I am back after a long absence - whew! There were the holidays of course and a new job before that. I have been cooking all along, but not from the "Asian" cookbook. It's time to get back into the fish sauce and garlic. In November, I made "Steamed Fish and Green Onions with Ginger" from page 58. My mouth still waters when I remember this meal. We splurged on the fish; halibut for $15.99 a pound - oh, but it was worth it. To me, halibut tastes buttery, yet clean, almost crisp. It has a refreshing quality to it that makes me feel a little healthier for eating it. The ginger and green onion flavors in the sauce add to that satisfying, yet healthy experience. This kind of meal is great after a few nights of heavy eats. In the past, Jack and I have made a tofu udon noodle dish with ginger, garlic and green tea leaves used like a spice when we feel like we need a "cleansing". I can add this recipe to that category.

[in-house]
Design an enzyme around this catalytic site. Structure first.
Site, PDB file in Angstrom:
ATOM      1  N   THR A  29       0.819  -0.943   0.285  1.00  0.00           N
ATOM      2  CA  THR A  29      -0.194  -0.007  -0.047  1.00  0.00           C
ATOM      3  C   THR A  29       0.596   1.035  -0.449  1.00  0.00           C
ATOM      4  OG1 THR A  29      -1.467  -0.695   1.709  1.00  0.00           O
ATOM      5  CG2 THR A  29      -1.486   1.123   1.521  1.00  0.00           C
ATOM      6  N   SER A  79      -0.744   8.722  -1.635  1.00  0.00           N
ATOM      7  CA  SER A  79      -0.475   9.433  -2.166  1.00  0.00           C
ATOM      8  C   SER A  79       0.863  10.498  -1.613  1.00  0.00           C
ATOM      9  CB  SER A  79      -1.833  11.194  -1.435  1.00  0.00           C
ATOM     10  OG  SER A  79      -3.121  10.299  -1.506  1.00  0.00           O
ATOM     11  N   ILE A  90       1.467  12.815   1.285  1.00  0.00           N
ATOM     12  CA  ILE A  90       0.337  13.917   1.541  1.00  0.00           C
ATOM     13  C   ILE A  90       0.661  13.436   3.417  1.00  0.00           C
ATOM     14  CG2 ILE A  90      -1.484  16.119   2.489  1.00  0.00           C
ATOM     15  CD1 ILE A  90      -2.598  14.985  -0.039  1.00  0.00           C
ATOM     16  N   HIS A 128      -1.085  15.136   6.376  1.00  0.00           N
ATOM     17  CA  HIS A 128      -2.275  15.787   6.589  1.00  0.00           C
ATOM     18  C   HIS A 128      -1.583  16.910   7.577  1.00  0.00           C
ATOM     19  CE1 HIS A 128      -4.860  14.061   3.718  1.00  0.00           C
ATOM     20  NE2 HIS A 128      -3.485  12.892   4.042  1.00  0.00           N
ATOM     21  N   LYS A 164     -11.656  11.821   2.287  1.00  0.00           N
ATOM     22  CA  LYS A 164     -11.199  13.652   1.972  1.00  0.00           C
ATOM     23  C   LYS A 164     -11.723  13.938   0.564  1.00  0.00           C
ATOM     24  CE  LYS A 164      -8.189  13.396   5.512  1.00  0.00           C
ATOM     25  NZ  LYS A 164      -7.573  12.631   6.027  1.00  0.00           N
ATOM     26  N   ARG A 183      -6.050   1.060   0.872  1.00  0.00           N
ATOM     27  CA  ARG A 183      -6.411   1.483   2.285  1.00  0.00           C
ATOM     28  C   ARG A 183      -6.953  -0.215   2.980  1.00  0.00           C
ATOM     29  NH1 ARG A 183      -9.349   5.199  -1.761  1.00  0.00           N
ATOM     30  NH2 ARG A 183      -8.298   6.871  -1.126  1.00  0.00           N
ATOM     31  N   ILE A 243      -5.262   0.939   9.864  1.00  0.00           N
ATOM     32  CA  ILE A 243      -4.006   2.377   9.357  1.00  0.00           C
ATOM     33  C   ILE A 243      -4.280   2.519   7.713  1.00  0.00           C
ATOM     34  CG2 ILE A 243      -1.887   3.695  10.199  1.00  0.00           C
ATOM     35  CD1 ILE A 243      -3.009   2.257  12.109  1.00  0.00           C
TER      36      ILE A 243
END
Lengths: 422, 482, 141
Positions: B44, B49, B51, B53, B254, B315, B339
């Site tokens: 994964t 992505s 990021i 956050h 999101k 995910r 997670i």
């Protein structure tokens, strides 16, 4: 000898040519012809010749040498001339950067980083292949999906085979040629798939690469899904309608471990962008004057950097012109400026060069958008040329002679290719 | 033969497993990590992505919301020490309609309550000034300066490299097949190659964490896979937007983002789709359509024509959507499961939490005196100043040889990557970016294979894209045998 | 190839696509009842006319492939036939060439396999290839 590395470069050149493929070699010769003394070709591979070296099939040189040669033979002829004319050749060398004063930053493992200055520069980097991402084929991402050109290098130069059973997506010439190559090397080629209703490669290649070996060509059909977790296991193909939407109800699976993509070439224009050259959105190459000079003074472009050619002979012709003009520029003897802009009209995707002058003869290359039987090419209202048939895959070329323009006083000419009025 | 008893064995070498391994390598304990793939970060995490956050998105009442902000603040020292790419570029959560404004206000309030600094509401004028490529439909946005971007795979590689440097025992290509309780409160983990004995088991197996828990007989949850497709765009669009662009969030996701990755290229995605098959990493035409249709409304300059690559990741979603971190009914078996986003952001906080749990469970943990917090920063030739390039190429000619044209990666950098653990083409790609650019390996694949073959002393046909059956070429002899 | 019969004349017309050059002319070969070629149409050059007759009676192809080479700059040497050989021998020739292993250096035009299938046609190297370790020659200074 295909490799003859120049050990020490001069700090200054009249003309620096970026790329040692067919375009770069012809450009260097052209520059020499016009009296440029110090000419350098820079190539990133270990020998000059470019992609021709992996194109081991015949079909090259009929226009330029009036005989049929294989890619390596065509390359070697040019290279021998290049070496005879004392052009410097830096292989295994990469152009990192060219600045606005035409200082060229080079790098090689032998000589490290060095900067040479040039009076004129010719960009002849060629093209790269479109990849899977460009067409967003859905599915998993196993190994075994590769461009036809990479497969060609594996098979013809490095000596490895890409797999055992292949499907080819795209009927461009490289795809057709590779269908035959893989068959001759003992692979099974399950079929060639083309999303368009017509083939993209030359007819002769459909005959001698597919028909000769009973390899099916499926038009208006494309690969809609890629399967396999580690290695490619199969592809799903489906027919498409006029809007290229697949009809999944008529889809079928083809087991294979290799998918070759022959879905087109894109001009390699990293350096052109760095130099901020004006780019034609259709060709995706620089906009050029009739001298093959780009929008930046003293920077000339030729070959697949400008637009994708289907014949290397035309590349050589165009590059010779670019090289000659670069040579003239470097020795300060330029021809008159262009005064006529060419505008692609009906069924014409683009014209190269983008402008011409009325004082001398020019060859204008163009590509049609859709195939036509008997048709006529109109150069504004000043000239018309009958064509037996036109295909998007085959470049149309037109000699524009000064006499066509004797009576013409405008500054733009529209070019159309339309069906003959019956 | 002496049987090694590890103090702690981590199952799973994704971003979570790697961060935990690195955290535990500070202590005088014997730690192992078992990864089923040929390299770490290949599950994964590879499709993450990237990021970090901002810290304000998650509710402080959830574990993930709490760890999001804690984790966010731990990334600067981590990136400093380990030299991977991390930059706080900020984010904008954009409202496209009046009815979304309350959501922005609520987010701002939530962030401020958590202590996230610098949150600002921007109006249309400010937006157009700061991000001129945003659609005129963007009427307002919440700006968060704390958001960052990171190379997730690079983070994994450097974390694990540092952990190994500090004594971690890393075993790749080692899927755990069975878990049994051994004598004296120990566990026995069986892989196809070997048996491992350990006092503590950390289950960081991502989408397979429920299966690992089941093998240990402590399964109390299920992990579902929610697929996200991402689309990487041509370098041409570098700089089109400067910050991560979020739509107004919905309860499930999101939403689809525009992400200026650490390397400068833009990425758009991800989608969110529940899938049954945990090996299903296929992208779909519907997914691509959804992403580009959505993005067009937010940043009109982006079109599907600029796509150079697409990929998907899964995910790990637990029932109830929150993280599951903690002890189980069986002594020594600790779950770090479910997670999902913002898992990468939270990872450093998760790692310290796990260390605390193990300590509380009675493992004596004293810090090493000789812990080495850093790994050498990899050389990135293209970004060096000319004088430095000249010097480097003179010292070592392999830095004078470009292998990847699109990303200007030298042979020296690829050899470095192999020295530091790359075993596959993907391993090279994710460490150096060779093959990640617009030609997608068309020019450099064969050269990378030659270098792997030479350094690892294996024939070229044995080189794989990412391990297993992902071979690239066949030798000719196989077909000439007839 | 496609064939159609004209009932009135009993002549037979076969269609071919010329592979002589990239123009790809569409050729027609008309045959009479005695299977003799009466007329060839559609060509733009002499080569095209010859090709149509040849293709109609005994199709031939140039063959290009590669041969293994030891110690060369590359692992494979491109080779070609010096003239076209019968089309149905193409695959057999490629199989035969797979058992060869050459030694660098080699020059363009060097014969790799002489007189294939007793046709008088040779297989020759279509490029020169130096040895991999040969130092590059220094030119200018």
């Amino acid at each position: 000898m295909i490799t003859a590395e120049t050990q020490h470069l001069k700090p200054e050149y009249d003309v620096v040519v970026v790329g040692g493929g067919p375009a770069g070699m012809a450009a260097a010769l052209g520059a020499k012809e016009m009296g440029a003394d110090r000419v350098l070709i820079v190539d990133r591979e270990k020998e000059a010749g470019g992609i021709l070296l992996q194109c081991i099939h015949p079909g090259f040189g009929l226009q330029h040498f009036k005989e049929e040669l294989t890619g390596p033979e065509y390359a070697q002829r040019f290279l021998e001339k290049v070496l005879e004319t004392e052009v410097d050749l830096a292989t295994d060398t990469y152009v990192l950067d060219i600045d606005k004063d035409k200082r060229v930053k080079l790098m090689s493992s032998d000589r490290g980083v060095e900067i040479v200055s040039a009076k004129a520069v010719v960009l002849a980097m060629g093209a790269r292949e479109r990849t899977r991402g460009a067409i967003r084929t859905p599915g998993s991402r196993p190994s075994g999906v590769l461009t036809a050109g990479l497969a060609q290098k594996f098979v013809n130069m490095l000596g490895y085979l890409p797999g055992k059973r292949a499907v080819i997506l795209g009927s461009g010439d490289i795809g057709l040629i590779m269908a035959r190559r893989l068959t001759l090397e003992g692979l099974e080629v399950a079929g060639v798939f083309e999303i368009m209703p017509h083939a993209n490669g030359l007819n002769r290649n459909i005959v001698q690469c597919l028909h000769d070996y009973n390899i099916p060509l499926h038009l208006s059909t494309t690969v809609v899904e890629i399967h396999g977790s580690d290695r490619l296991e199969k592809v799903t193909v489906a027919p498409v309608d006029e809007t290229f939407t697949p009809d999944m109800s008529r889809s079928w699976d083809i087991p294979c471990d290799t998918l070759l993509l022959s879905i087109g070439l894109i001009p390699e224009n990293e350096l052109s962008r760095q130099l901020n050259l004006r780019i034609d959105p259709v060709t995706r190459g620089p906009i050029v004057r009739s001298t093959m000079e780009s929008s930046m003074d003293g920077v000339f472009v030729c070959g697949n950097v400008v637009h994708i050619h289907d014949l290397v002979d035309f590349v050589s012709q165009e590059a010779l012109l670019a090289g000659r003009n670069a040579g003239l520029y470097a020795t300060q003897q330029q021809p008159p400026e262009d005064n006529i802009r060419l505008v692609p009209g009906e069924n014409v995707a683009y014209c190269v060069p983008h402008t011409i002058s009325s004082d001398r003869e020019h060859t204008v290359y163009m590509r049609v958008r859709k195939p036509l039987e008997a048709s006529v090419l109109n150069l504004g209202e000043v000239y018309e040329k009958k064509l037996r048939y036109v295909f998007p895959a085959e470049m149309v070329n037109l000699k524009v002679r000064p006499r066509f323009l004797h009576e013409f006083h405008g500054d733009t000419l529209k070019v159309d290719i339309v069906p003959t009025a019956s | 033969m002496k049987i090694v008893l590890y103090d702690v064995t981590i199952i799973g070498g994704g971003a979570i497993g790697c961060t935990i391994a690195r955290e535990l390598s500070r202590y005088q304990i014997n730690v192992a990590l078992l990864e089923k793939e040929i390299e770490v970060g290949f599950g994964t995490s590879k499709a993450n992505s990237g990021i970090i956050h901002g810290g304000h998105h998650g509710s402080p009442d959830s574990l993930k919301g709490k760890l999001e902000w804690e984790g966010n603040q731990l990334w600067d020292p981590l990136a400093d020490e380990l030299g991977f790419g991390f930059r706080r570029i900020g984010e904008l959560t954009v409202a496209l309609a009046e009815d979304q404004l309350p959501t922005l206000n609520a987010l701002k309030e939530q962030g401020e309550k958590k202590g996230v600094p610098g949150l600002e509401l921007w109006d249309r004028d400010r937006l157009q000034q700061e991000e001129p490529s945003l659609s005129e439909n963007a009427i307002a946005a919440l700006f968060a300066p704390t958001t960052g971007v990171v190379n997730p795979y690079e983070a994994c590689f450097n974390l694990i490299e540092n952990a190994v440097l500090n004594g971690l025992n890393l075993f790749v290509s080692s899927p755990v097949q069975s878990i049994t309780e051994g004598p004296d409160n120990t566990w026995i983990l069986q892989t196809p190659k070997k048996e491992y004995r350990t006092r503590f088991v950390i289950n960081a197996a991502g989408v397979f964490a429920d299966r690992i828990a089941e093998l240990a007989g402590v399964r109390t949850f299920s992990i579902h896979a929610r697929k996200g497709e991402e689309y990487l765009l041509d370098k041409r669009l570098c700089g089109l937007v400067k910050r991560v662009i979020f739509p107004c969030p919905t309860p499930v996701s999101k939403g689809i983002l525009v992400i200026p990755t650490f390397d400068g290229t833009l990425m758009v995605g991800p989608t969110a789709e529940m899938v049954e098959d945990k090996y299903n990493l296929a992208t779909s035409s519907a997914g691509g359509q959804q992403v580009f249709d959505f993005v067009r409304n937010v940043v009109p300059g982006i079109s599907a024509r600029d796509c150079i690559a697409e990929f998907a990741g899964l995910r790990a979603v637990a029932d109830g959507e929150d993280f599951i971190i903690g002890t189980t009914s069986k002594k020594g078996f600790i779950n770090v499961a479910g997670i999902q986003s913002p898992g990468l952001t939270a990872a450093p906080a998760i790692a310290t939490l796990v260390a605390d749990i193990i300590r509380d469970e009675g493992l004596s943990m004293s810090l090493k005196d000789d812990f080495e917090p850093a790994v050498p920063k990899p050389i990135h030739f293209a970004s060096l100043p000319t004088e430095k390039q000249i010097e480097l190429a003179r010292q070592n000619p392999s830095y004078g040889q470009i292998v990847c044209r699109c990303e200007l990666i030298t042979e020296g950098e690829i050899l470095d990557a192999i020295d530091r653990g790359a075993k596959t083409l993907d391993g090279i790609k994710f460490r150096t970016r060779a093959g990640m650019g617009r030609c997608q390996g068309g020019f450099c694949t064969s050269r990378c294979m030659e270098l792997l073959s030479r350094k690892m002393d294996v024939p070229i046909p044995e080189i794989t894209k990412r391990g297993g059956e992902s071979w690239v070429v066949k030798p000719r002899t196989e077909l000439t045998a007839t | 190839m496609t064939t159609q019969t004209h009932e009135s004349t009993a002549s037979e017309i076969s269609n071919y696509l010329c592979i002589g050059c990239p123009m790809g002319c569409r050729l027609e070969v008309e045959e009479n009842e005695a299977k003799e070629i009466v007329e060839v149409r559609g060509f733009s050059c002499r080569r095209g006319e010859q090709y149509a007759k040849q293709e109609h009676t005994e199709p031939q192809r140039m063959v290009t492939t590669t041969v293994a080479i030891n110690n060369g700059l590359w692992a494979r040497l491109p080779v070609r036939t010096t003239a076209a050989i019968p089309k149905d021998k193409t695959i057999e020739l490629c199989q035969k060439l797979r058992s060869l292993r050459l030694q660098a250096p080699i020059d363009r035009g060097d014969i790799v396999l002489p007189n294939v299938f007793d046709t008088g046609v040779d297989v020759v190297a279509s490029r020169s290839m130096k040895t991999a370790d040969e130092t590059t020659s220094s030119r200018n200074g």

I had a certain challenge as I prepared this meal. The fish is mean to to be steamed in a bamboo steamer. I have admired bamboo steamers from afar. I used to eat dim sum at Pike's Market on my lunch break when I worked downtown. The vendor had large bamboo steamers for the steamed meat-filled dumplings and buns. My Christmas list and time constraints did not allow me to buy one before making this meal. Our limited storage in the kitchen makes me hesitate as well. Anyway, I had to come up with a makeshift version of the traditional steamer. I filled my stir-fry pan with a bit of water and placed a metal steamer in the pan. The fish is instructed to be placed on top of a bed of green onions on a plate. The bed of green onions was simple, but what a way to add flavor! I placed the plate on the metal steamer and covered the setup with a frying pan. I believe this will be the closest to mechanical engineering that I will ever get.